Next month, the government will roll out its biggest tax reform aimed at bringing more people into the tax net, treating the country as one tax-administrated unit. Commendable in scope and intent, the challenge for the goods and services tax (GST) may come from the lack of skill among taxpayers in using digital tax reconciliation.
The new tax rules have changed much from what was originally intentioned: to have a single flat rate for all goods and services. Instead, to accommodate unrelenting states and hard-lobbying industries, the taxation now offers five different slabs with 28% as the top rate. GST excludes drinking alcohol, which was held onto by the states that often get up to a quarter of such tax revenues through excise levies. All in all, what was meant to be a simple tax plan that could be easily communicated, is a somewhat complex maze to be mastered overnight. Still, that can hardly be the reason to hold back tax reforms.
To ensure that GST works as it should, everyone falling under its purview will have to file into the giant government digital backbone, the GST Network (GSTN), an online bookkeeper. It will tally and link every entry in the supply chain of goods or services, to the central as well as state tax databases. That’s a few billion invoices each month. Some taxpayers have already expressed dismay after they failed to register their businesses through GSTN.
These are teething troubles. Soon, users, including millions of small businesses, will be thrust into e-filings three times a month. Some would have never seen an e-filing. They will have to log 37 filings a year. And if they operate in more than one state, then each jurisdiction needs a separate set of filings. And then there is the issue of filing accurately. A single erroneous entry from supplier to manufacturer to retailer means the invoices will not compute as part of the same goods or services. Each taxpayer will have to ensure accuracy not just for himself but also for other stakeholders to make tax reconciliation possible. That’s around 15 details to tally, including accurate addresses and duty rates.
Take just one invoice detail in the tax filing that is “a consecutive serial number, in one or multiple series, containing alphabets or numerals or special characters, hyphen or dash and slash symbolised as ‘-‘ and ‘/’ respectively, and any combination thereof, unique for a financial year”. Now imagine a shopkeeper in a small town, who suddenly has to come to grips with an e-filing, and do so accurately, without a single error — on any of the parameters. Lace that with other issues he may face, such as inadequate internet connectivity, or the inability to use software that will help him book-keep electronically.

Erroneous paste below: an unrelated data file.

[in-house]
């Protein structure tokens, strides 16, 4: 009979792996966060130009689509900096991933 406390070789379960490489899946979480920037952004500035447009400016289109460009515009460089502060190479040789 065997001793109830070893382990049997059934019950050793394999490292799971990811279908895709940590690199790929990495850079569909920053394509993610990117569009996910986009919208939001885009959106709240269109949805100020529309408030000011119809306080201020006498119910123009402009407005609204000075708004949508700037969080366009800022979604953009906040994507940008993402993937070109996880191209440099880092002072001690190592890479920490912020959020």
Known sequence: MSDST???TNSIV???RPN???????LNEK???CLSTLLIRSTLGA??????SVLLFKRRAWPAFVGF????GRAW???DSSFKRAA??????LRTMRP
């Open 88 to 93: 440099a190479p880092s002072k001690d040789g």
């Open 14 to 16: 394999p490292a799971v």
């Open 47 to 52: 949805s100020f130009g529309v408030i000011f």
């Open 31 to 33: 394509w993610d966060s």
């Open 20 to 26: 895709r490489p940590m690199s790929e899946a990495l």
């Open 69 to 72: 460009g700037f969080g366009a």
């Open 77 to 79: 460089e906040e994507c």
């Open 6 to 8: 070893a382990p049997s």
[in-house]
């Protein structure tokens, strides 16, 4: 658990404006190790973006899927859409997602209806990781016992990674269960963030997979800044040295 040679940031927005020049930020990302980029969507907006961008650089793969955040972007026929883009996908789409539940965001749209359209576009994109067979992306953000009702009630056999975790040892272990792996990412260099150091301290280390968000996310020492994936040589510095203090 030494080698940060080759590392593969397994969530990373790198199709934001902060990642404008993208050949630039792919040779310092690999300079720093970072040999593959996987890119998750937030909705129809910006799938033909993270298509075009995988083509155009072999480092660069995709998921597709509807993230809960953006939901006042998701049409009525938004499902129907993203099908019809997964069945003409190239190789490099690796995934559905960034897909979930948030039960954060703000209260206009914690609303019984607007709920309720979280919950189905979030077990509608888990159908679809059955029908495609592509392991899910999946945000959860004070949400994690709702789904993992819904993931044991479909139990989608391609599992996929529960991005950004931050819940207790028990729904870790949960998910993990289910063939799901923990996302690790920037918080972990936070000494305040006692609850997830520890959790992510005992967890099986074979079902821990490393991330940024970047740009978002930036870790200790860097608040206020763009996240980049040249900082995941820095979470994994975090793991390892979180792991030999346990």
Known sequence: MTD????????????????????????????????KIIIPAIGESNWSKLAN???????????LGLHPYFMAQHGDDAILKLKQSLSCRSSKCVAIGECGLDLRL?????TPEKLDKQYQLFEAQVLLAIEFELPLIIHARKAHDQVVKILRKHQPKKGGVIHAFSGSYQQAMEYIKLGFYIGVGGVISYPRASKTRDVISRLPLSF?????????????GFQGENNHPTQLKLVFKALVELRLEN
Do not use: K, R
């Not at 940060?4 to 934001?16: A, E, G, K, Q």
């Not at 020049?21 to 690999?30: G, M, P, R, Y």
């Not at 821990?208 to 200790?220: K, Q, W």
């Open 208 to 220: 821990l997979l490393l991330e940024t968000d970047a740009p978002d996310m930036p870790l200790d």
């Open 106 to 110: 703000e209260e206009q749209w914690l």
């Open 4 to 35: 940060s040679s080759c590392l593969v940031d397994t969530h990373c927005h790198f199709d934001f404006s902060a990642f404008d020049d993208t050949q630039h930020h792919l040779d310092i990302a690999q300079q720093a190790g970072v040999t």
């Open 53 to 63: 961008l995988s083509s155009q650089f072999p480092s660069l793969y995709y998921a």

This is where GST filings may start to frazzle taxpayers. It’s a process that relies heavily on the coming together of many things: no fat fingers, online access, glitch free technology, ability to understand how offsets work and sticking to deadlines. For this migration to be everything GoI wants, it needs to massively train taxpayers so they are able to use e-filings effectively. That means holding taxation boot camps in areas far and wide and ensuring all stakeholders understand what it takes for GST to work. It might also mean embedding all businesses with electronic input software to eliminate manual inputs. Several software firms have seized the opportunity to create electronic filing software. But a lack of standardisation could present new problems.
Besides, there will be thousands of questions on everything from a classification of goods to inter-state invoices. Many of the answers won’t be readily available in an automated system. It needs the setting up of helplines in regional languages with trained tax officers at least in the first six months of the rollout. If all this is executed, the GST rollout promises to become what it’s meant to be: an effective tax model. Left to users to figure out, it might fester into a messy swamp.
The writer is CEO, Content Pixies